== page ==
The footnote on this seemingly good news appears in the graphs below. When we break out admissions to ICU beds, we do see another uptick at the end of the most recent week. Since this is not coinciding with an uptick in non-ICU hospitalizations it may just be a blip — but we will certainly keep our eyes on this trend. 

COVID Hospitalizations in MN
The number of new daily COVID-19 hospitalizations in Nov. 2022 (green line) is well below the numbers reported in Nov. 2020 (yellow line) and 2021 (blue line).
David H. Montgomery | MPR News

The Department of Health is reporting 13,610 lives lost in Minnesota to COVID-19, including 2,744 so far this year. Cause-of-death data takes longer to process, so the latest firm data that we have dates to late October. At that time, we did see an uptick in average deaths from COVID-19 per day to 8.1., up from 5.6 during the first three weeks of October.  

Similar to the more recent uptick in ICU admissions noted above, the uptick in deaths does not appear to be correlated to a sustained change in hospitalizations, so further increases would be surprising. Still, we will continue to watch these data. 

While every death is a tragedy to the friends and family of those we lose, as a state we can take some comfort in the fact that our COVID-19 death rate is now much lower than was the case at this time for the two previous years of the pandemic. In late October of both 2020 and 2021 we were averaging nearly 20 COVID-19 deaths per day, over double the number we are now experiencing. 

COVID deaths in Minnesota
The number of daily COVID-19 deaths in Oct. and Nov. 2022 (green line) is well below the numbers reported at the same time in in both 2020 (yellow line) and 2021(blue line).
David H. Montgomery | MPR News

Wastewater: increases in northern and central Minnesota and decrease in southeastern corner of the state; not much change according to latest Metro data 

The most recent wastewater analysis in the state, from the Metropolitan Council and the University of Minnesota’s Genomic Center, shows a seven percent decrease in viral load entering the Twin Cities Metro Plant for the week ending Nov. 14 as compared with the previous week. According to the Metropolitan Council, “the weekly average load over the past nine weeks (Sept. 13 to Nov. 14) has not varied much, remaining within 20 percent of the average value for the period.”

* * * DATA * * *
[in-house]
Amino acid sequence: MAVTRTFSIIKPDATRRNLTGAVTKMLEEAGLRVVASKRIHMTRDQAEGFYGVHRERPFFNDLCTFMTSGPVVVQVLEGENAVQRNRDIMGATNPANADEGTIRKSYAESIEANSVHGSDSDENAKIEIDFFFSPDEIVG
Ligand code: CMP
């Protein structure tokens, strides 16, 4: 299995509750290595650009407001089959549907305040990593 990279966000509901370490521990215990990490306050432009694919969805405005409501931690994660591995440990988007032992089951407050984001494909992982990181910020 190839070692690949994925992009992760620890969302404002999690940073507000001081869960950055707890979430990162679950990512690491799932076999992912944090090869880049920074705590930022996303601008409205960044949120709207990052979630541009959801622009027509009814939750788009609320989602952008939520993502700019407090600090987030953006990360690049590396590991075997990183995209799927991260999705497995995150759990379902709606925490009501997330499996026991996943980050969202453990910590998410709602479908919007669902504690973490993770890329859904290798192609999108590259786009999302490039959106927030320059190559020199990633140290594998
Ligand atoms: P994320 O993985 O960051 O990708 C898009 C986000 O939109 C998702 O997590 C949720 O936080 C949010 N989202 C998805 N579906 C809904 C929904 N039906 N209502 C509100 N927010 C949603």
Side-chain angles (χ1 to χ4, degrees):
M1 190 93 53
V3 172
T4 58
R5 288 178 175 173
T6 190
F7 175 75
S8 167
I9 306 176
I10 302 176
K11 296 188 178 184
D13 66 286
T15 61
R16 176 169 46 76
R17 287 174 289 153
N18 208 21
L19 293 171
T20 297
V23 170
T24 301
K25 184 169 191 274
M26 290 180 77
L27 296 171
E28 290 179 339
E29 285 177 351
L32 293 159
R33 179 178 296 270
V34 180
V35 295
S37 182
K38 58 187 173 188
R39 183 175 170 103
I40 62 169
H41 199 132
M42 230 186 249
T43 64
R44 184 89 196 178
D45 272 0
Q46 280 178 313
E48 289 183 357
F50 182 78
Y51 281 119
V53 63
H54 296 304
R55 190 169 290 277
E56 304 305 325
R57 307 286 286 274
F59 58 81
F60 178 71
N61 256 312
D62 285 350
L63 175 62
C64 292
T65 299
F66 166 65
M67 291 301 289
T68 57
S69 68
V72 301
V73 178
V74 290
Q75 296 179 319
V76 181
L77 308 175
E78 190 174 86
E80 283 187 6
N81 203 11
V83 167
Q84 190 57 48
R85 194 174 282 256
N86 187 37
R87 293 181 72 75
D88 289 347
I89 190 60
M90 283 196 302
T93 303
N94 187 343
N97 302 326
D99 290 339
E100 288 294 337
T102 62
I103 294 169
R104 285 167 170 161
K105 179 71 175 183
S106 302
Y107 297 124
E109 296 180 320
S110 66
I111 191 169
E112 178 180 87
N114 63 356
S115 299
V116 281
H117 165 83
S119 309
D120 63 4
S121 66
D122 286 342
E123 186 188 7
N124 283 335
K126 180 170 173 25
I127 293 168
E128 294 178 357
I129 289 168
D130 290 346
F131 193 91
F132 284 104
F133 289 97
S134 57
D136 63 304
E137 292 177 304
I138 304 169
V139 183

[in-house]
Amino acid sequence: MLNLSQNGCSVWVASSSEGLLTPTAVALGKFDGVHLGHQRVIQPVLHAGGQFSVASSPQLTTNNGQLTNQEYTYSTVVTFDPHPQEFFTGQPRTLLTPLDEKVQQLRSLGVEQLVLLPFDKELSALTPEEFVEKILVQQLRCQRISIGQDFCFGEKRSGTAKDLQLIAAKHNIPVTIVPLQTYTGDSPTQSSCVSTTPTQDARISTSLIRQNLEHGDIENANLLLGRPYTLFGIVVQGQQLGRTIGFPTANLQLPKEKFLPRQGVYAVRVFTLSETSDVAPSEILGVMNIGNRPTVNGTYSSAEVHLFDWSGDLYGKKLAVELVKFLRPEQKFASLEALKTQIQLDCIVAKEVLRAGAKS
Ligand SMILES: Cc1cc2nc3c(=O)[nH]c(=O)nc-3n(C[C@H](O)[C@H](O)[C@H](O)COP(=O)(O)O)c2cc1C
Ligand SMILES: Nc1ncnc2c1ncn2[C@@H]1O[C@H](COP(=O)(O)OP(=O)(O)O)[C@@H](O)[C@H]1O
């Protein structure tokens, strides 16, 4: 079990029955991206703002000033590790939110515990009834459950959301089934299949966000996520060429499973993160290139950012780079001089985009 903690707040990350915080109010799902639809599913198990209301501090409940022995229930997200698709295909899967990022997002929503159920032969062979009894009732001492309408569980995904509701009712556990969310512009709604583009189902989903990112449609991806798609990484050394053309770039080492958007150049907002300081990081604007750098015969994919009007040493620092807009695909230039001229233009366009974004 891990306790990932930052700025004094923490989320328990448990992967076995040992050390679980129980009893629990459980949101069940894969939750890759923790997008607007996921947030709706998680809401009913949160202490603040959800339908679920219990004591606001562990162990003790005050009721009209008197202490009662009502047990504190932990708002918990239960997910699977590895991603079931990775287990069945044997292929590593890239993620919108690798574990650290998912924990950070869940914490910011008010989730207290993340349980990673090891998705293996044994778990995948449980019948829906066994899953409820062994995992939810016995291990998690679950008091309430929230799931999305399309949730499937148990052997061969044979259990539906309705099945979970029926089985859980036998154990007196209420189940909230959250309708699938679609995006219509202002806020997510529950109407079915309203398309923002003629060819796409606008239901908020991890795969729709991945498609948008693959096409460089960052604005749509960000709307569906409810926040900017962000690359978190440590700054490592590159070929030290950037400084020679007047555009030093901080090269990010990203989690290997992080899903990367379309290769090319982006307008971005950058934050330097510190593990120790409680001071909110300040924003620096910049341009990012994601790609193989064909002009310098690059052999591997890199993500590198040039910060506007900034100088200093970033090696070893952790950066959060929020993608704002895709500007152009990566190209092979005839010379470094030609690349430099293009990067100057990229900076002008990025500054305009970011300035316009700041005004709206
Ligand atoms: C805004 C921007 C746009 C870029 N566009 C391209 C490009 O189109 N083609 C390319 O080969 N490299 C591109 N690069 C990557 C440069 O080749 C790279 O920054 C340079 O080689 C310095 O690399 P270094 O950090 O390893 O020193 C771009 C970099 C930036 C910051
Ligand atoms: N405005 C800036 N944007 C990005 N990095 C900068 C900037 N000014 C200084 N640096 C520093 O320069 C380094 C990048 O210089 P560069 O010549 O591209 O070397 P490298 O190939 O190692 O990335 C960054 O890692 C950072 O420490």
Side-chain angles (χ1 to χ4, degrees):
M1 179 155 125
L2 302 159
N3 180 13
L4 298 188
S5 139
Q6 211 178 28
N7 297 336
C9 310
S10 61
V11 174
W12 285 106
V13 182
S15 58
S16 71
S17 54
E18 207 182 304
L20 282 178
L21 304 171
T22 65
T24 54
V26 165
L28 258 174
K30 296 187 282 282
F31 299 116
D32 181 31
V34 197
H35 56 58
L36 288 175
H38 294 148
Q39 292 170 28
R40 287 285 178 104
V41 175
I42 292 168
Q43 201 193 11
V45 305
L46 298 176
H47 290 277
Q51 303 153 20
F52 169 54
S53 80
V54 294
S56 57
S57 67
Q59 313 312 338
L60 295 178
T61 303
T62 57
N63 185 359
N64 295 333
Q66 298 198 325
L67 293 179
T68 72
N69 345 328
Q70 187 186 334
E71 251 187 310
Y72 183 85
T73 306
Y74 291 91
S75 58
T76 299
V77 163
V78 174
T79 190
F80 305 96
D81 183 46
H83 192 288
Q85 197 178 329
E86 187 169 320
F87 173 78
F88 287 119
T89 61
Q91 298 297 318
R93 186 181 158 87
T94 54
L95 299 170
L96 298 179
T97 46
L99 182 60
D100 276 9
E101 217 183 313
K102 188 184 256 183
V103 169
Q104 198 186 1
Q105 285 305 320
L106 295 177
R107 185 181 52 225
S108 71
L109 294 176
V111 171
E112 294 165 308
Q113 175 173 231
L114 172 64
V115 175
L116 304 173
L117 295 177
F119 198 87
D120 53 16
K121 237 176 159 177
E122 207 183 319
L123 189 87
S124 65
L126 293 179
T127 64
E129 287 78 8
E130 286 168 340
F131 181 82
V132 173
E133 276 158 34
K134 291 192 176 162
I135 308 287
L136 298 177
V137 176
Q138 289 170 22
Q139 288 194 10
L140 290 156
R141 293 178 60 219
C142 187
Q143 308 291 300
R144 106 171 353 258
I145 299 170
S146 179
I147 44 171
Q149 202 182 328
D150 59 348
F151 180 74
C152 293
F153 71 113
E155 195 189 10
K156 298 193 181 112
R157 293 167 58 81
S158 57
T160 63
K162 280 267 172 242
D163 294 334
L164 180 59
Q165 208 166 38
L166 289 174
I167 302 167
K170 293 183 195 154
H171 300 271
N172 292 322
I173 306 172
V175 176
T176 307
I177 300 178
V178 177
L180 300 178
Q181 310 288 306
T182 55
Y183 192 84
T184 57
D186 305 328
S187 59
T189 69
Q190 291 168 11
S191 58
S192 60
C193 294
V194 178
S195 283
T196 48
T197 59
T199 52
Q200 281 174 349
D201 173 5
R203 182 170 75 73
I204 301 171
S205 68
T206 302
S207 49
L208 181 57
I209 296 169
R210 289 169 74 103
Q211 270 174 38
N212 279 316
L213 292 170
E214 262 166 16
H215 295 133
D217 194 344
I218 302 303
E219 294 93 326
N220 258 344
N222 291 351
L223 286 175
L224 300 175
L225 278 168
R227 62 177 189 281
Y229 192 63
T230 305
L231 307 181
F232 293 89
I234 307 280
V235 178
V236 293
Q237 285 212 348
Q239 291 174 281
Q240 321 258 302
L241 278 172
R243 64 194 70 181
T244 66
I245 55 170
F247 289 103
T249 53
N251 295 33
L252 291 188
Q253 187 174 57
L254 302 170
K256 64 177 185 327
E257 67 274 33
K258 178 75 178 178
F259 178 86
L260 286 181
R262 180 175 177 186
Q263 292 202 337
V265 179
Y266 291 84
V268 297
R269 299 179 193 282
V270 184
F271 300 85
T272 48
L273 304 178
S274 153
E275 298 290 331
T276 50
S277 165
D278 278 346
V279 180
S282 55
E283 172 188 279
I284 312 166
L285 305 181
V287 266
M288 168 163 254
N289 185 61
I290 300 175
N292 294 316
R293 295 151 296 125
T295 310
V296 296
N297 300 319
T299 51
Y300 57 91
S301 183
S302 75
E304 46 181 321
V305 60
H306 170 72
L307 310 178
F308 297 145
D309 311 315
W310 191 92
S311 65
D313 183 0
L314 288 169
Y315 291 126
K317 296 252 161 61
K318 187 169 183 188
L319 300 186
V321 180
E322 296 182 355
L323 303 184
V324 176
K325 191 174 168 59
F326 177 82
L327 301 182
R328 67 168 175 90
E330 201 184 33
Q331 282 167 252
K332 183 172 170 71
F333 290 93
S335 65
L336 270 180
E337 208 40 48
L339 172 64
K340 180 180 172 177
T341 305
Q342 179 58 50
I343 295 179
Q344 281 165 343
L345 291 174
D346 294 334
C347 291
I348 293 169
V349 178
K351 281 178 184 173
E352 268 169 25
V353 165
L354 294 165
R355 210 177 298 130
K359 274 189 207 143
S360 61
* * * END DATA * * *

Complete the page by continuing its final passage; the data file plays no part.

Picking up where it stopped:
COVID load in Twin Cities metro wastewater
COVID load in Twin Cities wastewater went up slightly but not much overall change over the last nine weeks according to the Metropolitan Council.
David Montgomery

In terms of COVID variants, the Metropolitan Council reports “BA.5 constituted 91 percent of the viral RNA entering Metro, and BA.4 and BA.2 represented two percent and seven percent respectively, of the total viral RNA load.” In an email communication with the Metropolitan Council, they note that “many of the mutations we monitor occur in more than one of the current circulating sub-lineages, so they do not uniquely identify individual sub-lineages” and so “right now, we can’t quantify individual BA.5 sub-lineages using our targeted mutation approach.” 

The Minnesota Department of Health, however, notes that “for the most recent two-week period (Oct. 23 through Nov. 6), we are finally starting to see a rise in BQ.1 and BQ.1 sub-lineages that the rest of the country has already experienced. Though BA.5 continues to be identified in the majority of cases, BQ.1 and its sub-lineages increased to 14 percent of sequenced clinical samples in our most recent time period.”